Senators Richard Durbin (D-IL), Tim Scott (R-SC), Bob Menendez (D-NJ) Todd Young (R-IN), Joe Donnelly (D-IN) and Tammy Duckworth (D-IL) introduced the “Lead-Safe Housing for Kids Act of 2017” (S. 1854) to protect children living in federally assisted housing from lead poisoning. While lead poisoning rates have fallen since the federal government enacted lead polices in the 1990s, the problem persists. Lead poisoning disproportionately impacts the children of minority and low income families. NLIHC has endorsed the bill.
The bill would require HUD to issue rules that mandate an initial risk assessment for lead-based hazards in low income housing constructed prior to 1978 before a family moves in. More rigorous examination than a mere visual inspection would be required for an initial risk assessment. The bill also provides an emergency transfer process for families without penalty or loss of assistance if a lead hazard is found in the home and the landlord fails to control the hazard within 30 days of being notified. Landlords would also have to disclose the presence of lead if lead hazards are found in the home.
“We know that there is no safe level of lead for children,” Mr. Durbin stated. “While HUD has made much needed improvements to their regulations in the last year, children are still being exposed to and poisoned by lead before any intervention is triggered. We have to bring these outdated lead standards up-to-date and make sure they are consistent with the latest science. We must also invest in prevention measures, which have unparalleled cost savings for society. Most importantly, lead poisoning prevention preserves a child’s ability to reach his or her full potential. American children are depending on this legislation – it can’t wait any longer.”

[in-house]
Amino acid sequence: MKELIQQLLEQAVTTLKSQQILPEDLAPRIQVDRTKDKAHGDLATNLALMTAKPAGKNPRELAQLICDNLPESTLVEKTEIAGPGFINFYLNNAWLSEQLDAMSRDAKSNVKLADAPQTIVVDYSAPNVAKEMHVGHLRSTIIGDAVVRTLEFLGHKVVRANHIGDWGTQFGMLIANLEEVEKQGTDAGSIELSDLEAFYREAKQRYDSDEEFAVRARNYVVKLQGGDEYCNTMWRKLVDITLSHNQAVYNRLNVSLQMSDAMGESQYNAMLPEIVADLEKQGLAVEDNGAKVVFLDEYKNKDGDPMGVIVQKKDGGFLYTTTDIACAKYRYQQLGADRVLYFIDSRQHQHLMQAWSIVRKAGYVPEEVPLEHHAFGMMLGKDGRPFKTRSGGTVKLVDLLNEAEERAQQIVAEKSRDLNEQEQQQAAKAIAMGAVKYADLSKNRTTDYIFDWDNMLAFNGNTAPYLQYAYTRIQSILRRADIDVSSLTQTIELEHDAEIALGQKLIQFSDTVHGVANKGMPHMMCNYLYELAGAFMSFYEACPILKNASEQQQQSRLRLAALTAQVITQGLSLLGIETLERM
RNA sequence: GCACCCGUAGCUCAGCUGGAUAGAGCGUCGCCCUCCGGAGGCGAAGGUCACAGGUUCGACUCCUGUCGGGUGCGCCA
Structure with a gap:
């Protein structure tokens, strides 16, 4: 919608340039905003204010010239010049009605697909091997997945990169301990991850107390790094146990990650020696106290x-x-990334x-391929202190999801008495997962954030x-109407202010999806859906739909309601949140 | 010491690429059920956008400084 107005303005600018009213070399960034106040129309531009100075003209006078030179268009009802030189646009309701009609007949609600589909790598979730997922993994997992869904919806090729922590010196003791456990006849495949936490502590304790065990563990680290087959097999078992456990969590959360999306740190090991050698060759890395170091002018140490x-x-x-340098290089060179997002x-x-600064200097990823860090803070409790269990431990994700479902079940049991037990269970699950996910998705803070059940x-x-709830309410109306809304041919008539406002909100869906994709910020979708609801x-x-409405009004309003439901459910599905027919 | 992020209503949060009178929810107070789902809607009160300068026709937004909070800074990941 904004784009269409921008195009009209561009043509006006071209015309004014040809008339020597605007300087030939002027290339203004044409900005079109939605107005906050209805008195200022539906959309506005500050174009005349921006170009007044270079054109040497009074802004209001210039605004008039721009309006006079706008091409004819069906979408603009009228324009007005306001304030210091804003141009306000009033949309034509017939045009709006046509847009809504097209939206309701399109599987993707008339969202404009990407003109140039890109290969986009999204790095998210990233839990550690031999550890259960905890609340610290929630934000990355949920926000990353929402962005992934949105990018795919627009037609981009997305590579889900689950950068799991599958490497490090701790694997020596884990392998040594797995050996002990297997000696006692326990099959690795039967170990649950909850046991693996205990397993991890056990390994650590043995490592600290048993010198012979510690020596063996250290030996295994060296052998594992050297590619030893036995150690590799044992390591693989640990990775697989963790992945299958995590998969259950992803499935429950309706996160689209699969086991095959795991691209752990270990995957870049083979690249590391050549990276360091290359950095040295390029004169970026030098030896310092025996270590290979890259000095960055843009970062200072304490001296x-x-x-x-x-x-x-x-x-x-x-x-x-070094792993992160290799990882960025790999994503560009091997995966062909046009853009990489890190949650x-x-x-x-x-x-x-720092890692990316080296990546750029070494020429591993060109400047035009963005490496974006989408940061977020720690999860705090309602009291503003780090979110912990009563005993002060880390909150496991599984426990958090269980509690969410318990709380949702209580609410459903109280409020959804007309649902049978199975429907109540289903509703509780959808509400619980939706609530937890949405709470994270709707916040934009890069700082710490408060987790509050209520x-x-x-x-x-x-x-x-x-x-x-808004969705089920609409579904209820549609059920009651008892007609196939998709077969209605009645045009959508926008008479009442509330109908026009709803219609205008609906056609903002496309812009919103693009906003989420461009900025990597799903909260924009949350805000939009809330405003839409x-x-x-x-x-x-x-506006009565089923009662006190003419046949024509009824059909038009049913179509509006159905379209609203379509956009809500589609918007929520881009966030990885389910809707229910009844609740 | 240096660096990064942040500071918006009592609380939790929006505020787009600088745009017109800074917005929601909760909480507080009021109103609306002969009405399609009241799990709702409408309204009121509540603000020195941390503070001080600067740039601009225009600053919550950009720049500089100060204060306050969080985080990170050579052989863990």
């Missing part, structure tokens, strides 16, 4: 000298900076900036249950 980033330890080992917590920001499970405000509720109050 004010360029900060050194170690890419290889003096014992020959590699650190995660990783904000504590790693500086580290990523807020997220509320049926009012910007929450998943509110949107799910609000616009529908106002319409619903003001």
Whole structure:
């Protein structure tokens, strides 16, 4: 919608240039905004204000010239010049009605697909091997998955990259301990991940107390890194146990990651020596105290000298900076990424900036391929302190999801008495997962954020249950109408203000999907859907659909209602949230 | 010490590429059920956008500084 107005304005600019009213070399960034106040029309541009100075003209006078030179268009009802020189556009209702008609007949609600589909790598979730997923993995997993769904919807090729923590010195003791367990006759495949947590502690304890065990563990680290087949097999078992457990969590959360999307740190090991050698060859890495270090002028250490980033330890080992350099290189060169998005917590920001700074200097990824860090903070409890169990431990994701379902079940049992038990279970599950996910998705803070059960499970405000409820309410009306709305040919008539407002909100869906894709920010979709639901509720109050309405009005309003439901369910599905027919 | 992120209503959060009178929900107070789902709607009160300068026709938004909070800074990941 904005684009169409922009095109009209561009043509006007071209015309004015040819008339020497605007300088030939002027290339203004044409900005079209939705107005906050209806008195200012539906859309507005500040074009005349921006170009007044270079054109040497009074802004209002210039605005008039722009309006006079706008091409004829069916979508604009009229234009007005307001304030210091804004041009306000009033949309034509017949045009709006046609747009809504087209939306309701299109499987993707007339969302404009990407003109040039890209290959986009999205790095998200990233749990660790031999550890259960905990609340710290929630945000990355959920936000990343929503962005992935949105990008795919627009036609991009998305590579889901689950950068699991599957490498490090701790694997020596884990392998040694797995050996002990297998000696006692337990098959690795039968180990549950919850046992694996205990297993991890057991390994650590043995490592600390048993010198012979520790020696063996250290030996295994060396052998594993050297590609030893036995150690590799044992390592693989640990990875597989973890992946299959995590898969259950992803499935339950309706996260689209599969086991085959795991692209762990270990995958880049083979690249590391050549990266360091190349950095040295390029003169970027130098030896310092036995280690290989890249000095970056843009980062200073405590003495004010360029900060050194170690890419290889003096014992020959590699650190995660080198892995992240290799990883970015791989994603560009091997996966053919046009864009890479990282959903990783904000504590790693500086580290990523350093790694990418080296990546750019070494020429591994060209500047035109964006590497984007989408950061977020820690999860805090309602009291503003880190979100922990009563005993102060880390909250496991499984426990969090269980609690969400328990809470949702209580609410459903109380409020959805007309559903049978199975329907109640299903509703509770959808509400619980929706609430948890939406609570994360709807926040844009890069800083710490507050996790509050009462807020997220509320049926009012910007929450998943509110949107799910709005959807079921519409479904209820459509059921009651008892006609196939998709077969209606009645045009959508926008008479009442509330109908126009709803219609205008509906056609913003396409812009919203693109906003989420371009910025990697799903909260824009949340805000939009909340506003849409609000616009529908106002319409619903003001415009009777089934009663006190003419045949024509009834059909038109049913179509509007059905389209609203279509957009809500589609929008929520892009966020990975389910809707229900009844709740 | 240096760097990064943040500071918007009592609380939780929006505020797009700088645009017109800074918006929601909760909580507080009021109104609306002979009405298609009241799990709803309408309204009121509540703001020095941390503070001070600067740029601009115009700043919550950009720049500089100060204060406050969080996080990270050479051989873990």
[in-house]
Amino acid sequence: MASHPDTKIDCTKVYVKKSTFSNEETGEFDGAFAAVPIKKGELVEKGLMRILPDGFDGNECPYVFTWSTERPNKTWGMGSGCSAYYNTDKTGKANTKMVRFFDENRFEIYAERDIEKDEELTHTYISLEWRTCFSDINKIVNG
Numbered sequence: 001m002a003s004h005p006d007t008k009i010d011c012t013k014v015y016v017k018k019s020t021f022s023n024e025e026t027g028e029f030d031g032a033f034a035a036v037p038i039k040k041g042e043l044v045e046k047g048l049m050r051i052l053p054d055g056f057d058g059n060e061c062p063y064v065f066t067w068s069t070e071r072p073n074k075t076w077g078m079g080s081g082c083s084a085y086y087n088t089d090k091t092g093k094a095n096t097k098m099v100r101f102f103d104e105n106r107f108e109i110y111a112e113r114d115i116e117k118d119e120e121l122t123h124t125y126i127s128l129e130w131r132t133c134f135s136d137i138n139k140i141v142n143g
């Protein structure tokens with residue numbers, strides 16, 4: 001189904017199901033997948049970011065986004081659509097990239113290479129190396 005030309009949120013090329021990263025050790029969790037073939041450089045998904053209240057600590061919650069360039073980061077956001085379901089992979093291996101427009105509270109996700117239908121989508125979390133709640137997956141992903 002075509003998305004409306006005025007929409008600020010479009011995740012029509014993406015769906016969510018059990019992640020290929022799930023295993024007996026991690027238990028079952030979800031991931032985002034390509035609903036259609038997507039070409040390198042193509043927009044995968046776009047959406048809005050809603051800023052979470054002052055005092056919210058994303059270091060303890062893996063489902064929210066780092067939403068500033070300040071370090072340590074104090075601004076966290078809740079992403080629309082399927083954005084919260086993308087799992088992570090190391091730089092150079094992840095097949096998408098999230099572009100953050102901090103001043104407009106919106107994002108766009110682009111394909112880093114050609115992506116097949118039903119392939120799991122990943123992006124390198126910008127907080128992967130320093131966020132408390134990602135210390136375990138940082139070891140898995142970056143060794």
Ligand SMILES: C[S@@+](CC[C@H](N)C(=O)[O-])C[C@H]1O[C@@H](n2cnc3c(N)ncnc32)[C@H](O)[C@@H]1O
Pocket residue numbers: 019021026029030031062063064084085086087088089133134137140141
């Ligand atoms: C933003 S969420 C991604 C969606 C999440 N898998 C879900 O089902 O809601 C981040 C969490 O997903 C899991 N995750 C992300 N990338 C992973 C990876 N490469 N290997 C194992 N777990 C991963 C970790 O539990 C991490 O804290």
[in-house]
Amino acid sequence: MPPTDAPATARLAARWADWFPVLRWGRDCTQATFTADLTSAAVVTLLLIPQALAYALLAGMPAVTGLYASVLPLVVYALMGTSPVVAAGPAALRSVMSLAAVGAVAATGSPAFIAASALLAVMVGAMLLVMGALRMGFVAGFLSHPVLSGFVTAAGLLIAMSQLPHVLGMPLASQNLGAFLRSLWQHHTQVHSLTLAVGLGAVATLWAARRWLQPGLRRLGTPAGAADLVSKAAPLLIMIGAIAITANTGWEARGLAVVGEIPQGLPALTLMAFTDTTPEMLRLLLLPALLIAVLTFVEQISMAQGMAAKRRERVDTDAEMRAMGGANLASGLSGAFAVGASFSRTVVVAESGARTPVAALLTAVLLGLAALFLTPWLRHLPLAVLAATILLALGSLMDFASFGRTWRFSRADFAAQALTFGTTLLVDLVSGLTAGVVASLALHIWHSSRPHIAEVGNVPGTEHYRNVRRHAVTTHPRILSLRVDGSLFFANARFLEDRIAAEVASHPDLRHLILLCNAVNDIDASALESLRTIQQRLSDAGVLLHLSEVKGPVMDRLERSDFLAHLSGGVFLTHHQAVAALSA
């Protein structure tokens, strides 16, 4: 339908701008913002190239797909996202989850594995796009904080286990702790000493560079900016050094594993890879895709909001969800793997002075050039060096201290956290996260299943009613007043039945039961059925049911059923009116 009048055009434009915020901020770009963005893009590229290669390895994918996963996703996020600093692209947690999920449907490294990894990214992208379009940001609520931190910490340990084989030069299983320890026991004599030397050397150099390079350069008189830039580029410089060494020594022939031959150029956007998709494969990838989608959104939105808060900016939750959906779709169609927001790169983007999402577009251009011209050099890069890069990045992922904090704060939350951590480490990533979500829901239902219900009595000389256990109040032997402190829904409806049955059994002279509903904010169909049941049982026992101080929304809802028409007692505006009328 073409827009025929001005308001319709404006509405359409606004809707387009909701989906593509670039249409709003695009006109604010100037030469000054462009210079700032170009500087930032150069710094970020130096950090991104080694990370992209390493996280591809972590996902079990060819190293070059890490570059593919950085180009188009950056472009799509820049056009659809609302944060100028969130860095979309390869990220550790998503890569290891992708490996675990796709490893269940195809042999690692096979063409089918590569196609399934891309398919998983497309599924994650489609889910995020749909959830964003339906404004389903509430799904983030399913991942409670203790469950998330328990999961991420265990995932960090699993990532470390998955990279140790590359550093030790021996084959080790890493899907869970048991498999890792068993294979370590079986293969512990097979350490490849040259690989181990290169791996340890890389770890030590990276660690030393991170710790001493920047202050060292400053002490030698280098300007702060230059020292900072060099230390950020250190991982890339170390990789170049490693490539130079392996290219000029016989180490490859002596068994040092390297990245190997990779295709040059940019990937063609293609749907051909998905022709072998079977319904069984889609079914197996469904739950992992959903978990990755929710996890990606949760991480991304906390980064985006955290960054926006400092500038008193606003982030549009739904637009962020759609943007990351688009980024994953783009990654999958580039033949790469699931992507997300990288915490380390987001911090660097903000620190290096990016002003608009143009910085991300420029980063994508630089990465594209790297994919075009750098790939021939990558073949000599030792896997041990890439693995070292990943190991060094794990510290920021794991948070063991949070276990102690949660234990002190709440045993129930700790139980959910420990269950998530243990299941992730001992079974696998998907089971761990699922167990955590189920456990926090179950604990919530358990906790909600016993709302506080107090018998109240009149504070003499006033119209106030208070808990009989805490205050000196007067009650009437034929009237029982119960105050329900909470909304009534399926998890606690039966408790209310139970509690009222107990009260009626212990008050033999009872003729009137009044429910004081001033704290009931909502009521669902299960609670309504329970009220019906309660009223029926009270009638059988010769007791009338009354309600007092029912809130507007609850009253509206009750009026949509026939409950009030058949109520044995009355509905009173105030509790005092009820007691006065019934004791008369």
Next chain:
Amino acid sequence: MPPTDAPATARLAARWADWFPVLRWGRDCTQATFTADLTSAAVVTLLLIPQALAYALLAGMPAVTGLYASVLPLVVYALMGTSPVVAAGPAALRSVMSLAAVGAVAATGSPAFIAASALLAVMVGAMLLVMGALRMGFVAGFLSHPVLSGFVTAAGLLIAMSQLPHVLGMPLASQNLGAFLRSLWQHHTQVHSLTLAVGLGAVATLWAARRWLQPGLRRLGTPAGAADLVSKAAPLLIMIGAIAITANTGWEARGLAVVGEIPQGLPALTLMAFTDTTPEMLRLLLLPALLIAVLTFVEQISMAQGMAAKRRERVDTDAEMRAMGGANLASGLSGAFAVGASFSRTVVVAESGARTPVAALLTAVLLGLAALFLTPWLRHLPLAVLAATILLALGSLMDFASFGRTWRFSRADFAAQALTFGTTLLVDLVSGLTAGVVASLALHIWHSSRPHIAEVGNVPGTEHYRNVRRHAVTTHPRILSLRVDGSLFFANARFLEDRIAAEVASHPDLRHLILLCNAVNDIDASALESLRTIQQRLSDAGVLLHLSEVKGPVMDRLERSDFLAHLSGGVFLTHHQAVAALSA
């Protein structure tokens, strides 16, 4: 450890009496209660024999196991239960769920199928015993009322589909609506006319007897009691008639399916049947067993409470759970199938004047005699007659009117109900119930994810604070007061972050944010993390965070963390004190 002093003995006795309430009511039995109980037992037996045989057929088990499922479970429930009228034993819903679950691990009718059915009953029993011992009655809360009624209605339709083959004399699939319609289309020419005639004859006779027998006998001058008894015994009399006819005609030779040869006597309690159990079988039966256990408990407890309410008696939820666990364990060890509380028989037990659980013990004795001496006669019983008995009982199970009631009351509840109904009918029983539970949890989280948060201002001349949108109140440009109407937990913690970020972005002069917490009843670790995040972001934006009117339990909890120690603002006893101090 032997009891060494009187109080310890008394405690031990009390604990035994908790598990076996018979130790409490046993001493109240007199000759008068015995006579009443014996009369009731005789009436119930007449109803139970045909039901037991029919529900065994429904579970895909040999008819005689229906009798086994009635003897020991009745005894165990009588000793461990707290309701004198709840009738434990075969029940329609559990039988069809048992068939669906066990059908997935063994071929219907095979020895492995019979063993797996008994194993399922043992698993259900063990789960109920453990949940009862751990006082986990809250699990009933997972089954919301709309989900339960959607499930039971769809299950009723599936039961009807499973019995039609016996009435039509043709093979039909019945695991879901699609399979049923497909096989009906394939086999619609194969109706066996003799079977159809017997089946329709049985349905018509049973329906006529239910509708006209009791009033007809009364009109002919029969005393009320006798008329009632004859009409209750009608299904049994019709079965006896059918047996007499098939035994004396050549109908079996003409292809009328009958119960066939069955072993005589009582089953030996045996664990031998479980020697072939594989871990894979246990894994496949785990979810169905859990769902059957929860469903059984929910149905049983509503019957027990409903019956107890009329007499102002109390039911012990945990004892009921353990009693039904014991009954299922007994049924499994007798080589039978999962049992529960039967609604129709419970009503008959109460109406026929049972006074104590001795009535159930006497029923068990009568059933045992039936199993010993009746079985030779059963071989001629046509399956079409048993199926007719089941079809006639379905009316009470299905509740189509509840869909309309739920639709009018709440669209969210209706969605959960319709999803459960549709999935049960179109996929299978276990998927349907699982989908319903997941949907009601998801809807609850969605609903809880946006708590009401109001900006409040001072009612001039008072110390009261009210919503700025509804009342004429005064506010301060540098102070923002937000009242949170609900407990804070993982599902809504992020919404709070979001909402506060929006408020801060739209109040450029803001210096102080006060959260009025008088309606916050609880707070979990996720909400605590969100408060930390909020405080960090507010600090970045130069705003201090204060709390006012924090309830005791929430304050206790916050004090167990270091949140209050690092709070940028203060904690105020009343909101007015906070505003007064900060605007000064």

“South Carolina is home to some of the oldest standing public housing in the country, with buildings dating to the 1920’s,” Mr. Scott said. “We owe it to children both in South Carolina and across the country to ensure that proper inspections are taking place in regards to lead paint, which was not banned for use in housing until 1978. My mission is to ensure every child from every zip code in the country has the opportunity to succeed, and this bipartisan bill is an important piece of helping ensure low-income families have access to safe housing that can provide a stable environment for their children’s dreams to grow.”
The bill has been referred to the Senate Committee on Banking, Housing, and Urban Affairs.
Learn more about the bill at: http://bit.ly/2fkGX5m